Robert Indiana (September 13, 1928 – May 19, 2018) is an American artist associated with the Pop Art movement and its last living legend with the same degree of importance and influence as Andy Warhol and Roy Lichtenstein.
Indiana was born Robert Clark in New Castle, Indiana on September 13, 1928. One of the pre-eminent figures of American art, since the 1960’s, Robert Indiana has been a pioneer of assemblage art, hard-edge abstraction and pop art.
Over the past five decades, Robert Indiana’s work has explored the power of abstraction and language, American identity and personal history. As a self-proclaimed “American painter of signs,” Indiana gained international renown in the early 1960’s for employing the vernacular form of American road and shop signs, combining it with a sophisticated formal and conceptual approach that turned this familiar vocabulary into something entirely new.
His distinctive rendering of LOVE, in paintings, sculptures and prints, has become an icon of 20th-century art.
An American Pop Art Legend
Indiana’s artwork has been featured in numerous solo and group exhibitions around the world, and his work is included in the permanent collection of many important museums, such as the Museum of Modern Art and the Whitney Museum of American Art in New York, the Hirshhorn Museum and Sculpture Garden and the Smithsonian Museum of American Art in Washington, D.C., the San Francisco Museum of Modern Art, the Menil Collection in Houston, Texas, the Museum Ludwig in Cologne, Germany, Stedelijk van Abbemuseum in Eindhoven, Netherlands, the Museum Ludwig in Vienna, Austria, the Shanghai Art Museum in China, and the Israel Museum, Jerusalem.
He has also been included in numerous international publications, including a number of monographs dedicated to his work.
Indiana moved to New York City in 1954 and joined the pop art movement, using distinctive imagery drawing on commercial art approaches blended with existentialism, that gradually moved toward what Indiana calls “sculptural poems”. Indiana’s work often consists of bold, simple, iconic images, especially numbers and short words like “EAT”, “HUG”, and “LOVE”.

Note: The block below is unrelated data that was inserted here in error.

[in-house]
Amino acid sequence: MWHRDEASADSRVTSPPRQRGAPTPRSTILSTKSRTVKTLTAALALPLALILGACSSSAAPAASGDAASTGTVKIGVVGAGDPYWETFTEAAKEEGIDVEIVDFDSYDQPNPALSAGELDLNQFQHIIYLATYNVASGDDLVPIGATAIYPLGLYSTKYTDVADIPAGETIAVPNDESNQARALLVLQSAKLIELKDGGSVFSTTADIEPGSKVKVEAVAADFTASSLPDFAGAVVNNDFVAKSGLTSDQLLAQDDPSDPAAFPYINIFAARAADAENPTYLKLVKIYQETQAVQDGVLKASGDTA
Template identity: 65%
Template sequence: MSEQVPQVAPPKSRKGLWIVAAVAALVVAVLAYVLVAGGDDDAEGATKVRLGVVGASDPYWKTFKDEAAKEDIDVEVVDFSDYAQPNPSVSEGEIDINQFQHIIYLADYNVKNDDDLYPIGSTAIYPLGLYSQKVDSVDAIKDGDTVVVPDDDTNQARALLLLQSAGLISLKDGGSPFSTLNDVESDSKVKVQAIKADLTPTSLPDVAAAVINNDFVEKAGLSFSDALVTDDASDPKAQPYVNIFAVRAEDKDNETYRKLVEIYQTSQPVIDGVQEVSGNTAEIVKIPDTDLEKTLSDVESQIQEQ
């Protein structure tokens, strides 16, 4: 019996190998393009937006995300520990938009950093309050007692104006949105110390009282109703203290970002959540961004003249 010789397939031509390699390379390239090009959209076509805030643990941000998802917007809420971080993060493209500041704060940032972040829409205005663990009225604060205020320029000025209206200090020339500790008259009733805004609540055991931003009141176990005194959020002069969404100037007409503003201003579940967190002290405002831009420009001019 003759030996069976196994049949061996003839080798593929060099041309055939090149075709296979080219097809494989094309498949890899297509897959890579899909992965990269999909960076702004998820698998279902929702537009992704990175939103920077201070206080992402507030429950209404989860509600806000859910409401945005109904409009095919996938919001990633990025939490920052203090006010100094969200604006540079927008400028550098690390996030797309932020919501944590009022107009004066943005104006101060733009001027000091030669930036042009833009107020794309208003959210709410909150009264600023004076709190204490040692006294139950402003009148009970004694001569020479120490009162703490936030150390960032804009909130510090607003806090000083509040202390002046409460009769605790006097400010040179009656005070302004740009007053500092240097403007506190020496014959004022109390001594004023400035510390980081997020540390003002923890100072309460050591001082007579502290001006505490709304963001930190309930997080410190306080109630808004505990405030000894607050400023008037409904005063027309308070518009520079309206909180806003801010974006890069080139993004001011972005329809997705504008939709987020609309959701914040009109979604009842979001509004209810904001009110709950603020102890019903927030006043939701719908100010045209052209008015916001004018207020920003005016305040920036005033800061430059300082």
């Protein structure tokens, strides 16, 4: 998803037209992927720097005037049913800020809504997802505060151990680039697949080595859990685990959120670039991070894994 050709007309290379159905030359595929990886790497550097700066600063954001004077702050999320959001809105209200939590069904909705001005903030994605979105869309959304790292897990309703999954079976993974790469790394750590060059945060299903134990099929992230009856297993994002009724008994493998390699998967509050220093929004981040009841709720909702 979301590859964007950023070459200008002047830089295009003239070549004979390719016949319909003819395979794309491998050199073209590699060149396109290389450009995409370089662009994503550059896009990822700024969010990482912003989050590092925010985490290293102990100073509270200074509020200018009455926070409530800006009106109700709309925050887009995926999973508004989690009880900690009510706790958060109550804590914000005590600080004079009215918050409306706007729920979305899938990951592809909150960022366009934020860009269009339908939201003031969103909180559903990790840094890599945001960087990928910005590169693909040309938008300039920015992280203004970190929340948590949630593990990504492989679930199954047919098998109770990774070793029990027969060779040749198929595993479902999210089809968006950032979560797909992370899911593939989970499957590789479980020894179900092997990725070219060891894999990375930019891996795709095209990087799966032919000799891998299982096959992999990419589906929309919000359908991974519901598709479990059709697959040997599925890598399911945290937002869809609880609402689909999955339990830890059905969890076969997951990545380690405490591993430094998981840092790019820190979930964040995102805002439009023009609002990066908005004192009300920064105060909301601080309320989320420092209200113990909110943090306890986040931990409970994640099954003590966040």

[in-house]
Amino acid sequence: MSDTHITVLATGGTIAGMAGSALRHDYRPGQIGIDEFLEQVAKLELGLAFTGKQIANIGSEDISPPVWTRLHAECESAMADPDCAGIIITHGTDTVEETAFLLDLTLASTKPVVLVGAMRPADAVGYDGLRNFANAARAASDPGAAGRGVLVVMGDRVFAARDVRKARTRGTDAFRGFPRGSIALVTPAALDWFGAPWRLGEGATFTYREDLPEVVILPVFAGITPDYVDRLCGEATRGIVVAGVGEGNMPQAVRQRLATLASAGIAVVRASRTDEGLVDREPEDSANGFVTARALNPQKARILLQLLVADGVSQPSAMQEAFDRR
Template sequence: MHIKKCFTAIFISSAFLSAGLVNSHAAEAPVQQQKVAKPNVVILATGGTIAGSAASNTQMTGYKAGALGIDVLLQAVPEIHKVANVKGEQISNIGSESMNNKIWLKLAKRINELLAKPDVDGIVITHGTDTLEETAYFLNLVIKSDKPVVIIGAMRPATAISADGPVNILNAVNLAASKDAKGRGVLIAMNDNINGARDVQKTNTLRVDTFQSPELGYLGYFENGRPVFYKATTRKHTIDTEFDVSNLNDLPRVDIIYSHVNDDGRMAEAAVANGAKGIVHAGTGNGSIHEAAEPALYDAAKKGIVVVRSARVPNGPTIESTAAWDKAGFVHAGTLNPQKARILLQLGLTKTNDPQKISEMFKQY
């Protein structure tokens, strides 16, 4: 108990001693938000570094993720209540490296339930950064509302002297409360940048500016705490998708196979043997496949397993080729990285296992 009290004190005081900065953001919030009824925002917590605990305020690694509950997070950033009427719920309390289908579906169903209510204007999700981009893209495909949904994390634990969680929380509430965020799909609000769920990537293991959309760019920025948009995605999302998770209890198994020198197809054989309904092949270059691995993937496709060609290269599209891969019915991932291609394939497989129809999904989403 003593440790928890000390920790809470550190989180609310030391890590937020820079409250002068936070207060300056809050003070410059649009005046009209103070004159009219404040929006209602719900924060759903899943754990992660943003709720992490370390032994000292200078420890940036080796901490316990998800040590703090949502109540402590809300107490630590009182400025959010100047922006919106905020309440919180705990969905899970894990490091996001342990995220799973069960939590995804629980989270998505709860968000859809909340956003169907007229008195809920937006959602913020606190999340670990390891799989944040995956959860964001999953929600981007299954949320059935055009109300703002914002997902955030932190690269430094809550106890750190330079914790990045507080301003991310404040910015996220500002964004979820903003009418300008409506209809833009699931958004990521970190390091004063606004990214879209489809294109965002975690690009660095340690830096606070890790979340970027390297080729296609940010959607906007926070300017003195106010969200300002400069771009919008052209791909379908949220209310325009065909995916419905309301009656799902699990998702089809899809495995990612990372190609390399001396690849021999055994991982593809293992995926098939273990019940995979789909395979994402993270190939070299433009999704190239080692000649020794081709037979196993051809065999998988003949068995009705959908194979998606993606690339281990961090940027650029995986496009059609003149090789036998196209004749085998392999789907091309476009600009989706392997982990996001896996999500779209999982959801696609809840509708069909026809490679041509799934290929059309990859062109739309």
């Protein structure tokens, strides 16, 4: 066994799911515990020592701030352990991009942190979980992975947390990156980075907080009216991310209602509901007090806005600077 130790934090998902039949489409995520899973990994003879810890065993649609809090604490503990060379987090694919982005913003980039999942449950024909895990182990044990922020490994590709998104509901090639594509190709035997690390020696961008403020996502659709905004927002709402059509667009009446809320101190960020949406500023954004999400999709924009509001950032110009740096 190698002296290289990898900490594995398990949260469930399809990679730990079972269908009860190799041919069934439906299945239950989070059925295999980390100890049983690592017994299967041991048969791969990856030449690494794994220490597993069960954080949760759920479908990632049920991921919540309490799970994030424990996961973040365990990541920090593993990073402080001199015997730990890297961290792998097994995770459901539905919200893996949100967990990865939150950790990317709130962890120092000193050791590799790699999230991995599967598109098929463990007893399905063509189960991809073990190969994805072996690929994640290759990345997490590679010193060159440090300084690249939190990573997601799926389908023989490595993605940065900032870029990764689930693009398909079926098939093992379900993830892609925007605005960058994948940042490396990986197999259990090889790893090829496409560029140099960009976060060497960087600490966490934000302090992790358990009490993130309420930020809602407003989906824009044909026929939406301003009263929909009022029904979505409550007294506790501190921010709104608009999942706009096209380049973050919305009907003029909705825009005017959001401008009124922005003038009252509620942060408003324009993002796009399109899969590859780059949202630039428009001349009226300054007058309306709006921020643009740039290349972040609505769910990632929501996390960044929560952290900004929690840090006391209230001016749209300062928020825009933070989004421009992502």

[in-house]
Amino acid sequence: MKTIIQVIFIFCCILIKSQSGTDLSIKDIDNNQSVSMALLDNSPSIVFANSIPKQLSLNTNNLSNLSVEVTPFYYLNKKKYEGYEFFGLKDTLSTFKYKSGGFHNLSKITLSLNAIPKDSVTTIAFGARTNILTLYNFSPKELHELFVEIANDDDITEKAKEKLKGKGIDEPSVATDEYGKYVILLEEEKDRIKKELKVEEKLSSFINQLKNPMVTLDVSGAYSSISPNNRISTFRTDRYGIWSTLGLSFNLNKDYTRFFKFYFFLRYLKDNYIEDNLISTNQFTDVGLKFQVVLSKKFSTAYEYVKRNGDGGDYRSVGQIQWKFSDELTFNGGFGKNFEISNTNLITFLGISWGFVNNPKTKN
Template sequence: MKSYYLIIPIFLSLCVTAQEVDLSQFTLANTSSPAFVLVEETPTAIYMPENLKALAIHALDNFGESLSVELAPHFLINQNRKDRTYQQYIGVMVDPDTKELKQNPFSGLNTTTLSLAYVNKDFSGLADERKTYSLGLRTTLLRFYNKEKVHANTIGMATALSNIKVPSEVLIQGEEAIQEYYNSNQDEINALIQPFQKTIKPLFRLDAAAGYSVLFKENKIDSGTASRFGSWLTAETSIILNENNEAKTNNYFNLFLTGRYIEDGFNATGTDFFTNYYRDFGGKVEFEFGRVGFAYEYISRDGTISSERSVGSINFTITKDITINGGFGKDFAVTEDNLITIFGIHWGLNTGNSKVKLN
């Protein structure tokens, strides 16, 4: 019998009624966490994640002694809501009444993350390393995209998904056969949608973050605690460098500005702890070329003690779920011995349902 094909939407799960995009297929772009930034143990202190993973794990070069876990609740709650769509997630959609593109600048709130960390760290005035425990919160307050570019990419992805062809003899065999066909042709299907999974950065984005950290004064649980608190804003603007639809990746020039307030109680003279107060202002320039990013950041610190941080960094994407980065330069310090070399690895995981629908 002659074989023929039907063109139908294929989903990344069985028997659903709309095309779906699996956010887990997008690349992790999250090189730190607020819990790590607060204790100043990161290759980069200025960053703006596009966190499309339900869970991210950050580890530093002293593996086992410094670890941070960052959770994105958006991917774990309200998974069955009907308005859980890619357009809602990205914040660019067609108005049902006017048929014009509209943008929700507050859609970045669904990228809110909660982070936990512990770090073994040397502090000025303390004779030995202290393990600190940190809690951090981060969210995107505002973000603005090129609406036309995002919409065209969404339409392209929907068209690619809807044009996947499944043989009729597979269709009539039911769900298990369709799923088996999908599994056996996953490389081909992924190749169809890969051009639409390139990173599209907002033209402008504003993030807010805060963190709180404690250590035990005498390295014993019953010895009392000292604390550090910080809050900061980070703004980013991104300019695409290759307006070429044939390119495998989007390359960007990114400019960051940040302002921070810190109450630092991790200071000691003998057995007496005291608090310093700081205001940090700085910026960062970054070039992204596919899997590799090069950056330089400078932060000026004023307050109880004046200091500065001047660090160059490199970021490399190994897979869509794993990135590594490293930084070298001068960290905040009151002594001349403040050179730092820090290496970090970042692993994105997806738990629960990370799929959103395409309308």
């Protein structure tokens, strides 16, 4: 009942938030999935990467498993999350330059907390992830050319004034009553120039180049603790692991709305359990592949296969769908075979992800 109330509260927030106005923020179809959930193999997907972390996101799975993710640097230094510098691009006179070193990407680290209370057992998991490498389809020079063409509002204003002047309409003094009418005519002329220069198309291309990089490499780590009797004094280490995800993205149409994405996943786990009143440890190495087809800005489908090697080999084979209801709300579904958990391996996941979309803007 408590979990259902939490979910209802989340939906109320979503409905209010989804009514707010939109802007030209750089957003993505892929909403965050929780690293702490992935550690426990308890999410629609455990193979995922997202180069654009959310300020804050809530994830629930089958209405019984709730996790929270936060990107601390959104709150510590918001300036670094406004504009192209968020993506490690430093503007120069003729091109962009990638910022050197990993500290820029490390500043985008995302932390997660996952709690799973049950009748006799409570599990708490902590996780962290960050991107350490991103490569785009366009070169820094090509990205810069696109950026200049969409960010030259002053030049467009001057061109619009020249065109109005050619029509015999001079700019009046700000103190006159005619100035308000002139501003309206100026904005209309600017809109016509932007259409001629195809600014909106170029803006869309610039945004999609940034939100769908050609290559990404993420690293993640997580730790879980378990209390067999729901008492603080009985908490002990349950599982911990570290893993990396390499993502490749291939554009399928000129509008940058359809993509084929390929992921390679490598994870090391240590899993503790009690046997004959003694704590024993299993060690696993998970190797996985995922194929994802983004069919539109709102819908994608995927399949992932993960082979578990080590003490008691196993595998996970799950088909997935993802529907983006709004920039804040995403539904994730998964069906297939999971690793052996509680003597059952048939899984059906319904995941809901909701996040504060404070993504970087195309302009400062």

After the September 11, 2001 attacks, Indiana produced a series of Peace Paintings, which were exhibited in New York in 2004. Despite his early success at the center of the art world, Indiana retreated to rural obscurity in later life. Indiana has lived as a resident in the island town of Vinalhaven, Maine since 1978.
The UBIQUITOUS “LOVE” WITH THE TILTED ‘O’
LOVE stamp Indiana’s best known image is the word “LOVE” in a square with a tilted “O”. This image, first created for a Christmas card for the Museum of Modern Art in 1964, was included on an 8 cent United States Postal Service postage stamp in 1973, the first of their regular series of “love stamps.” Sculpture versions are on display at: Sixth Avenue in New York City; the Pratt Institute campus in Brooklyn, NY; the Indianapolis Museum of Art; Scottsdale’s Civic Center, in so called “LOVE Park” in Philadelphia, the New Orleans Museum of Art’s sculpture garden, on the University of Pennsylvania campus, at the Museum of Modern Art at Brigham Young University, on the campus of Ursinus College in Collegeville, Pennsylvania, and outside the Taipei 101 tower in Taiwan.
There is also a “Love” Sculpture at the Red Rock Resort Spa and Casino in Las Vegas in the pool area. There is also in Shinjuku Tokyo JAPAN, as well as on the world-famous Orchard Road, Singapore. Copyright status The image has been reproduced in countless times in varying forms, including sculptures, posters, and 3-D desk ornaments. It has been translated into Hebrew, Chinese, and Spanish.
It strongly influenced the original cover of Love Story, the Erich Segal novel. It was parodied on the Rage Against the Machine album cover for Renegades, as well as the cover for Oasis’ single Little by Little from the 2002 album Heathen Chemistry. Recently it has been parodied by London artist D*Face with his “HATE”, the “A” tilted similarly.
The LOVE emblem has been adopted by skateboarders, frequently used in skateboard magazines and videos. After skateboarding was banned in Philadelphia’s LOVE Park, the emblem was used by organizations opposing the ban.
2013: A Year of Robert Indiana rediscovery and retrospective exhibitions